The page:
When investors think of Dr Pepper Snapple Group (NYSE:KDP), a multibagger opportunity probably doesn't come to mind. After all, the company's No. 1 product -- Dr. Pepper -- is smack dab in the middle of the carbonated-drink category, which health-conscious consumers are beginning to shun for more healthy options. As a result, management expects net sales to be completely flat for fiscal 2013.
In addition to a tough carbonated-drink climate, Dr Pepper failed to outperform the S&P 500 index over the past three years, though it did surpass the returns of megacompetitors Coca-Cola (NYSE:KO) and PepsiCo (NASDAQ:PEP).
Yet even in this situation, I believe that not only is Dr Pepper cheap right now, there's also one major catalyst for this company not priced into the stock. Getting in today -- in spite of touch economic conditions and general bearish sentiment -- could present investors with a multibagger opportunity.
Dr Pepper is cheap
To determine a stock's value, we can look at several different metrics -- P/E ratio, price/book value, and even dividend yield. No matter how you slice it, Dr Pepper looks cheap.
First, Dr Pepper has a P/E ratio of around 16. This is cheaper than competitors Coca-Cola (20) and PepsiCo (19) and also below the industry average of 20. But it's not just cheap when compared to competitors, it's also cheap when compared to itself over the past three years.
Beyond the simple P/E ratio, Dr Pepper is cheap when considering its price/book value.
|Dr Pepper Snapple||4.22|
And finally, Dr Pepper is cheap when considering its dividend yield -- currently sitting at 3.1%. This beats out Coca-Cola's 2.8% and PepsiCo's 2.9%. The dividend has been paid out every quarter since it was started in December 2009 and has increased 150% during that time.
Dr Pepper isn't a one-trick pony. This company's portfolio is bursting at the seams with recognizable brands. It owns megabrands such as Dr Pepper, Snapple, and Country Time, as well as easily recognizable brands that include Hawaiian Punch, Yoo-hoo, 7-Up, and A&W Root Beer. It even controls small brands with cult-like followings like Sun Drop and Cactus Cooler.
However the company doesn't just have a large beverage portfolio but a diversified snack division as well with its Mott's brand. Since this brand is mostly natural fruit products, it gives the company a bit of a buffer as consumers change habits. While the Dr Pepper brand was down 1% in the last quarter, Mott's was up 1%.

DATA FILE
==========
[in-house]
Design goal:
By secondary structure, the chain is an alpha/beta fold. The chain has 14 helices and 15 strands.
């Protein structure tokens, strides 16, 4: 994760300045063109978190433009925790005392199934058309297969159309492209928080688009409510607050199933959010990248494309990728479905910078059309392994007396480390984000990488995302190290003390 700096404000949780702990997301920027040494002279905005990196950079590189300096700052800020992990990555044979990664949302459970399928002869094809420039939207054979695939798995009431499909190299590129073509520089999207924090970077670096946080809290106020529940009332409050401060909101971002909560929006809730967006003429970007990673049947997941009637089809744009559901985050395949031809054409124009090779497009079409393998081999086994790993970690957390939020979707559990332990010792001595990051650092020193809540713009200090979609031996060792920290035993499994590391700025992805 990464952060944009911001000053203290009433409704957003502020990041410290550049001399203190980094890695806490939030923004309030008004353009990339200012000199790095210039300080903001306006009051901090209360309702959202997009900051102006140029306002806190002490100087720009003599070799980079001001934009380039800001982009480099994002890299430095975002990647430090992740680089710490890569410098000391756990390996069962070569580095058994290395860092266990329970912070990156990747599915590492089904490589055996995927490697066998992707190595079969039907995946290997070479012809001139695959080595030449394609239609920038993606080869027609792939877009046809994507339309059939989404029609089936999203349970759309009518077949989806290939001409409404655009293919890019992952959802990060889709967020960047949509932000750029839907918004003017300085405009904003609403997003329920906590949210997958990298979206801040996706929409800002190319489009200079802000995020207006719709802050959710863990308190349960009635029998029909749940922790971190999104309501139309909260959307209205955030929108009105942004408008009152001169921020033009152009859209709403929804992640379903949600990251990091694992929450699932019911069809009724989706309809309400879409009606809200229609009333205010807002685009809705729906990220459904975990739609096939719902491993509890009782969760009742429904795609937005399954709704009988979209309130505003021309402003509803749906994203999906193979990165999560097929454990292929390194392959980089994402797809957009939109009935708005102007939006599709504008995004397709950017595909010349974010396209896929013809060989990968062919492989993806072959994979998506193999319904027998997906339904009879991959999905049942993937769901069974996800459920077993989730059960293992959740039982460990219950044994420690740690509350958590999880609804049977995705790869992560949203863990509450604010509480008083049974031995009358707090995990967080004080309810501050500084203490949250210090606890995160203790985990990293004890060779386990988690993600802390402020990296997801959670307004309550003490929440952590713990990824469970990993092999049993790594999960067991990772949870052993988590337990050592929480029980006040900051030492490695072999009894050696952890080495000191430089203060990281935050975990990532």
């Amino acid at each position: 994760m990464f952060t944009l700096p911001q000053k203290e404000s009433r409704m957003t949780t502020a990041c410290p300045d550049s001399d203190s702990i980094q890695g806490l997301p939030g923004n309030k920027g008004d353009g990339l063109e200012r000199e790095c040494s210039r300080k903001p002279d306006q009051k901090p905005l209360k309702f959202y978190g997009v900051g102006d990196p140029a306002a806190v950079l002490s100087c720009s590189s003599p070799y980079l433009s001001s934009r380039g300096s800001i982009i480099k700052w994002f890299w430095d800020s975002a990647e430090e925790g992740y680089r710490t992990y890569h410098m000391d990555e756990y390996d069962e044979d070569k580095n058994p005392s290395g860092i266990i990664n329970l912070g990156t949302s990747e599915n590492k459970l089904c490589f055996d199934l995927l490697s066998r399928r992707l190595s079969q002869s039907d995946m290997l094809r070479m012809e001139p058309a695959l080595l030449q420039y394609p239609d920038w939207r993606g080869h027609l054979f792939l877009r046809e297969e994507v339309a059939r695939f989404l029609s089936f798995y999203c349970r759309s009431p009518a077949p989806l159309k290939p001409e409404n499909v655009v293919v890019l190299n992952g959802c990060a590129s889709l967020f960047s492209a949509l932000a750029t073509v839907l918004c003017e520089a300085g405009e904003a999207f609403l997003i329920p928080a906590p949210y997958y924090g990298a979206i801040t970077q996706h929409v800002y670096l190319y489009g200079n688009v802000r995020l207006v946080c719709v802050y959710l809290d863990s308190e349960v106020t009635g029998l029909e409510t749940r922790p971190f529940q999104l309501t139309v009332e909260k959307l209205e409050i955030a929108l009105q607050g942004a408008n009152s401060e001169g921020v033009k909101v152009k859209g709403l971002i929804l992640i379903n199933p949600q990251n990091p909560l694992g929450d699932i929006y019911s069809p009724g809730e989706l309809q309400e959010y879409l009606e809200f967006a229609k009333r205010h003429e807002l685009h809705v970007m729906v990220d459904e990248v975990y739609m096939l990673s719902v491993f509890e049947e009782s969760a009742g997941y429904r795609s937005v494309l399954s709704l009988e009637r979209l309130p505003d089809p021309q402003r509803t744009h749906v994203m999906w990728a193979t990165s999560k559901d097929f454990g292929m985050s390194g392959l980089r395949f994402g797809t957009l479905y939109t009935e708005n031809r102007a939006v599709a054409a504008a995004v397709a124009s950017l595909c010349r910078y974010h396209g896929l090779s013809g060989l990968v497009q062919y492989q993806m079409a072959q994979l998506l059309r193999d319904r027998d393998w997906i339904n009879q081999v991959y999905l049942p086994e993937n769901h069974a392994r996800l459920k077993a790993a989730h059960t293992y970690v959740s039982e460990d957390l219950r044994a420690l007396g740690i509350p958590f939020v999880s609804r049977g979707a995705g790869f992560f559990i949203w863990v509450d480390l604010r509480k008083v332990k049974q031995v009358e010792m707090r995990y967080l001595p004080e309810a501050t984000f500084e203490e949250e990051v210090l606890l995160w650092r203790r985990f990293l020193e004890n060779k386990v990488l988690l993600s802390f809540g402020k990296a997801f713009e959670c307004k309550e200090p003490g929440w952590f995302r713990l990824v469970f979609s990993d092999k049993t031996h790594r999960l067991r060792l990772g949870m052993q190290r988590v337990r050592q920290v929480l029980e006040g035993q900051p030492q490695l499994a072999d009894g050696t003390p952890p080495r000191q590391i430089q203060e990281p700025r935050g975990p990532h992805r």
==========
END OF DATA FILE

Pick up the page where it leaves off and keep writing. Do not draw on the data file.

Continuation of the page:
While not as diverse as PepsiCo, Dr Pepper does have enough diversification to steady itself during tough times.
The potential catalyst
Dr Pepper's management is blaming flat results on a tough consumer environment, and potential investors do need to heed this assessment. But one issue not being talked about is the impact of Dr Pepper's current market penetration.
According to Beverage Digest's top-10 brands by sales, Dr Pepper is No. 5 and Diet Dr Pepper is No. 10, gobbling up 6.5% and 1.8% of the United States' market share in 2012 (the most recent data compilation), respectively. Sure, it's still a long ways from Coca-Cola's industry-leading 17% market share, but two top-10 brands is nothing to sneeze at.
This data shows that Dr. Pepper doesn't have too much room to grow domestically, but therein lies the hidden opportunity. Currently the company only does business in North America, leaving a huge international runway for growth. Consider that in 2008, only 8% of Monster Beverage's (NASDAQ:MNST) sales came from abroad.
In fiscal 2012 (the latest full-year results) international sales made up 22% of the company's sales and accounted for 31% of the company's sales growth. Although it already has a presence in more than 90 countries, this growth trend will continue as it makes investments in big economies like South Korea and India.
For Dr Pepper, the ball is already rolling. In March it announced that it had reobtained the distribution rights from Mondeléz International for Snapple (and other beverages) in key Asian-Pacific countries like Japan, South Korea, and China. This move is likely a signal that management is beginning to think toward international expansion -- the greatest untapped opportunity this company has.
It's worth mentioning that this is an opportunity that Coca-Cola and PepsiCo don't have anymore. With a large international presence already, these two companies have already capitalized on the market that awaits Dr Pepper.
The multibagging conclusion
An investment in any carbonated-beverage manufacturer is not without risk. A mild consumer shift is happening. But I believe there's very little downside in a Dr Pepper Snapple investment. With its low valuation and better than 3% dividend yield, it should at the very least continue to perform with the market.
But should the company capitalize on its tremendous international opportunity, this stock could become a multibagger.